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Poll: Is This the New Democratic Frontrunner in Iowa?

AP Photo/David J. Phillip

Two days, two fairly intriguing polls in the Democratic primary. We'll get to Quinnipiac's New Hampshire numbers in a moment, but the political class has been oohing and ahhing at Monmouth's latest survey of Democratic caucus-goers in Iowa. According to the new numbers, South Bend, Indiana Mayor Pete Buttigieg -- who has been working hard and establishing a formidable ground presence in the Hawkeye State -- has vaulted into first place, followed by someone other than Elizabeth Warren:

South Bend Mayor Pete Buttigieg has joined former Vice President Joe Biden, Massachusetts Sen. Elizabeth Warren, and Vermont Sen. Bernie Sanders at the top of the leaderboard in the third Monmouth University Poll of the 2020 Iowa Democratic caucuses. Buttigieg’s gains since the summer have been across the board, with increasing support coming from nearly every demographic group.  Regardless, less than one-third of likely caucusgoers say that they are firmly set on their choice of candidate and most would not be too disappointed if they had to switch their support...Buttigieg has gained ground among every major demographic group since the summer. His support stands at 26% among voters who describe themselves as moderate or conservative, 23% among those who are somewhat liberal, and 15% among those who are very liberal.

That's serious momentum, but is it reflected in the rest of the state's polling? The short answer is yes. Since mid-October, Buttigieg has been pulling support in the mid-teens to low-20's. Still, it's the first time that he's bumped up into the top slot, which has been occupied by either Warren or Joe Biden in every other Iowa poll this cycle. Not anymore. (By the way, at what point does Kamala Harris pack it in? She's poured everything into Iowa, and has only trended downward). Iowa Democrats say Buttigieg has been drawing good crowds, has steadily built support, and is well organized. He's also taking full advantage of Warren's stall/downturn, and the persistent sense that the former vice president is a weak national frontrunner. The theory has been that Biden could not just lose in Iowa and New Hampshire, but not really even complete, which would blunt his momentum and bruise his image heading into his firewall state of South Carolina. But in the Monmouth data above, Biden is virtually tied for first place in Iowa, and he turned some heads in the first Granite State Q-poll of the cycle earlier in the week:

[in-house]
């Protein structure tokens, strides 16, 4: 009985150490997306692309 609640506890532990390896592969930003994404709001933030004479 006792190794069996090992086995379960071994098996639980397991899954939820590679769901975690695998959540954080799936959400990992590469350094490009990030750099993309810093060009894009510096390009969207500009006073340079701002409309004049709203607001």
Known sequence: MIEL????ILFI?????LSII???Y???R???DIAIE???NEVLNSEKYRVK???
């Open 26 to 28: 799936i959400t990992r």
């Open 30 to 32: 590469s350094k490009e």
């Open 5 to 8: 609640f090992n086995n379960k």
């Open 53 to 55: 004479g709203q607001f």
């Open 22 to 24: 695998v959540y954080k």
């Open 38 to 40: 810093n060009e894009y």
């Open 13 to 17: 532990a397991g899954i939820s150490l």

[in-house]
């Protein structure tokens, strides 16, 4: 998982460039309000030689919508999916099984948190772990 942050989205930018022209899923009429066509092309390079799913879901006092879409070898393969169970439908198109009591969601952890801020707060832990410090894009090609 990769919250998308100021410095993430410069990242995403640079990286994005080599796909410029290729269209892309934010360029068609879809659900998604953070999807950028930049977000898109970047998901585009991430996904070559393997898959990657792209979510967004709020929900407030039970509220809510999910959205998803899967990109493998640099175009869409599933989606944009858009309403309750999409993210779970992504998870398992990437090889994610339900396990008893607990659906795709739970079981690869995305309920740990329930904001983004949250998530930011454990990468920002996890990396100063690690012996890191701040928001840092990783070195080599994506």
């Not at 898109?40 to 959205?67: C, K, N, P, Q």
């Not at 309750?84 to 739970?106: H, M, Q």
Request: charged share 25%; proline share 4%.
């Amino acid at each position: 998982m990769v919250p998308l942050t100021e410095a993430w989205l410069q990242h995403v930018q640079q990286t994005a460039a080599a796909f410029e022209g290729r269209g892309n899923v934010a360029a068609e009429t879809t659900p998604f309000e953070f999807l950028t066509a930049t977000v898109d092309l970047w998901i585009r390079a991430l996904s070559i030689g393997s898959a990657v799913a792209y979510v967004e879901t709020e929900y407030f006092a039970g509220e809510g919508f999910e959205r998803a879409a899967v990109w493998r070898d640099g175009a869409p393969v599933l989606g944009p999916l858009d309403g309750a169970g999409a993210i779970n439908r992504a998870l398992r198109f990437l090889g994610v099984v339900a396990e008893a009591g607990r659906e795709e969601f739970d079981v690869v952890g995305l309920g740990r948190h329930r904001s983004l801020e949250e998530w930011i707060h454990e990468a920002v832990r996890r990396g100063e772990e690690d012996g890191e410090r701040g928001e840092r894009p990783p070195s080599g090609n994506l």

Biden is beating both progressive senators from neighboring states, which bucks the prevailing narrative and suggests that Biden remains stubbornly strong overall. It seems like some people in the race, or some contemplating getting into it (Bloomberg, Holder and Patrick), are banking on an eventual Biden collapse. But what if that never comes?

Let's say Biden does implode. Buttigieg's emergence into the top tier in each of the first two states suggests that he could stand to benefit significantly from that development, which must be considered a threat by other campaigns. Which is why the knives are starting to come out:

In the still-crowded Democratic presidential field, one man has triggered an outpouring of resentment and angst. It’s not Donald Trump. As Mr. Buttigieg, the millennial mayor of a town smaller than a New York City Council district, rises in the polls, he has struck a nerve with his Democratic rivals. Many of their campaigns have griped privately about the attention and cash directed toward Mr. Buttigieg. They say he is too inexperienced to be electable and that his accomplishments don’t merit the outsize appeal he has with elite donors and voters. His public punditry about the race has prompted eye rolls from older rivals who view him as a know-it-all. And in a field where most candidates find themselves strapped for cash, they snipe at his ability to raise more than anyone else in the primary field except for Senator Bernie Sanders of Vermont. More than a dozen participants in the Democratic campaign — including rival candidates and campaign aides — spoke on condition of anonymity to discuss their views about Mr. Buttigieg candidly. They conveyed an annoyance at the McKinsey consultant certitude with which Mr. Buttigieg analyzes and makes pronouncements about the primary.

The knives are getting sharper, too, and one wonders when they'll be deployed. Buttigieg's real problem, though, isn't that he's annoying his rivals; it's that he's unable to generate support among voters of color, who become a massive electoral factor after the earliest pair of contests in overwhelmingly white states, in which the young mayor is surging. A decent chunk of white Democrats is inspired by Pete's persona. Other Democrats? Not so much:

Finally, with another undeclared candidate chirping ever louder about possible getting in, claiming that "many, many, many" people are urging her to do so, I'll leave you with this amusing headline from the satirical e The Babylon Bee:


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